Alright. I've revised this, ended up accidentally turning it into something that closely resembles Aarex's Graham Generator, and cut it off before I got too weird with dots. I believe, based on what I've observed with other functions, that the basic White-Hex Level has a maximum growth rate of ω+3 in the fast-growing hierarchy, but the black hexagon might take it up to ω2.
1. a•⬡•b = a↑↑↑↑b
2. a•⬡n•b = a↑a•⬡n-1•bb
3/3b. a•(n⬡)•b = a•(n-1⬡)a↑↑↑↑b•b
5. a•⬡n•b = a•⬡n-1((a↑↑↑↑b)⬡)•b
1. a•⬡•b = a↑↑↑↑b, in Knuth up-arrow notation (hexation, hence the notation's defining shape)
2. If, at the end of an expression, there is a number after a single hexagon, decrement the number by one and use the new expression as the number of up-arrows. (When that number reaches 1, remove it.)
a•⬡2•b = a↑a•⬡•bb = a↑a↑↑↑↑bb
a•⬡3•b = a↑a•⬡2•bb = a↑a↑a•⬡•bbb = a↑a↑a↑↑↑↑bbb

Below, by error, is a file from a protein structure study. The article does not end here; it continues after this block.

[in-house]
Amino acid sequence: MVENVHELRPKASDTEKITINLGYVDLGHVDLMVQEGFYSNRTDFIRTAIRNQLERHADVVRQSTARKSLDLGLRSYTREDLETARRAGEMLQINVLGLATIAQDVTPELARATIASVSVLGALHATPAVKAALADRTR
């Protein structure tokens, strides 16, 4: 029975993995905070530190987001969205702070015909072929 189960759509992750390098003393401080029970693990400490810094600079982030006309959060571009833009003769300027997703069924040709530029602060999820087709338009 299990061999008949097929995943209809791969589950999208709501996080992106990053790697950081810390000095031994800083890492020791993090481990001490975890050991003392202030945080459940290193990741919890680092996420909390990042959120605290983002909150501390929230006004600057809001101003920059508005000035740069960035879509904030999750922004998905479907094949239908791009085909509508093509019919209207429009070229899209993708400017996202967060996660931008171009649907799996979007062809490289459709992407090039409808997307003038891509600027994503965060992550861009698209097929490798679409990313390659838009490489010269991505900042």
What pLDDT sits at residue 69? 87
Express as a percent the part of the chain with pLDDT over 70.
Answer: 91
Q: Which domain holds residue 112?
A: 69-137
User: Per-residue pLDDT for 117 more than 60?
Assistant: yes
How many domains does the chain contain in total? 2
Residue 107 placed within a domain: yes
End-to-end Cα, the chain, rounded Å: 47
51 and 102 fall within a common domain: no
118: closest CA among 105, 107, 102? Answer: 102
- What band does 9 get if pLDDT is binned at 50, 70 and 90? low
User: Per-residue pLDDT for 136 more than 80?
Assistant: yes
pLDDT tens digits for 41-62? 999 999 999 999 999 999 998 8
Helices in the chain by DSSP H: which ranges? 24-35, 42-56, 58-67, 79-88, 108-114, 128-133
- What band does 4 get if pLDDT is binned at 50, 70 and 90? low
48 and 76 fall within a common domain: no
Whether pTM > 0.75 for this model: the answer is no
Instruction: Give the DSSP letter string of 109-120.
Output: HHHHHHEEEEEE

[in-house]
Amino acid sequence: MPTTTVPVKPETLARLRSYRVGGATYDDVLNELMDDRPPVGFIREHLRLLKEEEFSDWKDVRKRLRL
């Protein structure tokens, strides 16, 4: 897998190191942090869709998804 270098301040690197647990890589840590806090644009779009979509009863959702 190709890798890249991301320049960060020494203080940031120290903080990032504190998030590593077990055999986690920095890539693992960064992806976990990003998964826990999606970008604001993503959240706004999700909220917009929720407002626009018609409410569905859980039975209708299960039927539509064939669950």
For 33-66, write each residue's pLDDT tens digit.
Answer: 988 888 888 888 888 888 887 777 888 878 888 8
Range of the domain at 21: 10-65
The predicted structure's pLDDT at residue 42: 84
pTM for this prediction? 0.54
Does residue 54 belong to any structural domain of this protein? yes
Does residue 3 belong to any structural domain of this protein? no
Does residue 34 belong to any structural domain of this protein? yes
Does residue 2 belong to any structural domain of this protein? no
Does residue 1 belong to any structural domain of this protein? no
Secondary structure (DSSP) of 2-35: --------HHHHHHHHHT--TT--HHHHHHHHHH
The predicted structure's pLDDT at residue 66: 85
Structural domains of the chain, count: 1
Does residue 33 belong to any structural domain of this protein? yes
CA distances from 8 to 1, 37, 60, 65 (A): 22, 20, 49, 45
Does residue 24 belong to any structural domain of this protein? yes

(in this way 3•⬡64•3 = Graham's number)
3. If, at the end of an expression, there are multiple hexagons but no number, remove the last hexagon and replace it with (a↑↑↑↑b).
4. A string of n hexagons can be written (n⬡) – parentheses mandatory, to avoid confusion. In this way you can replace rule 3 with:
3b. If, at the end of an expression, there is a number before a single hexagon, both of which are enclosed in a set of parentheses, decrement the number by one and place a↑↑↑↑b after the parentheses but before the second dot. (When the parenthesized number reaches 1, remove it.)
5. If there is a hexagon with a numerical subscript, decrement the subscript's number by one and place a↑↑↑↑b hexagons directly after the subscripted hexagon but before the second dot. (When the subscripted number reaches 1, remove it.)
So I've just set up a series:
Stage 1. the number after a hexagon determines the height of the "up-arrow tower"
Stage 2. each hexagon (n⬡) stacks the "up-arrow tower" a↑↑↑↑b times (iterating on its height)
Stage 3. ⬡n determines the number of iterations of stacking
This is where the black hexagon comes in. I'll need to rewrite the old notation so everything makes a bit more sense:
a•⬡n•b = a•[⬡n]•b
a•(n⬡)•b = a•[⬡2n]•b
a•⬡n•b = a•[⬡3n]•b
a•⬢•b = a•[⬡a↑↑↑↑bn]•b
I'll need to work on explaining the rules though. Consider this part a work in progress.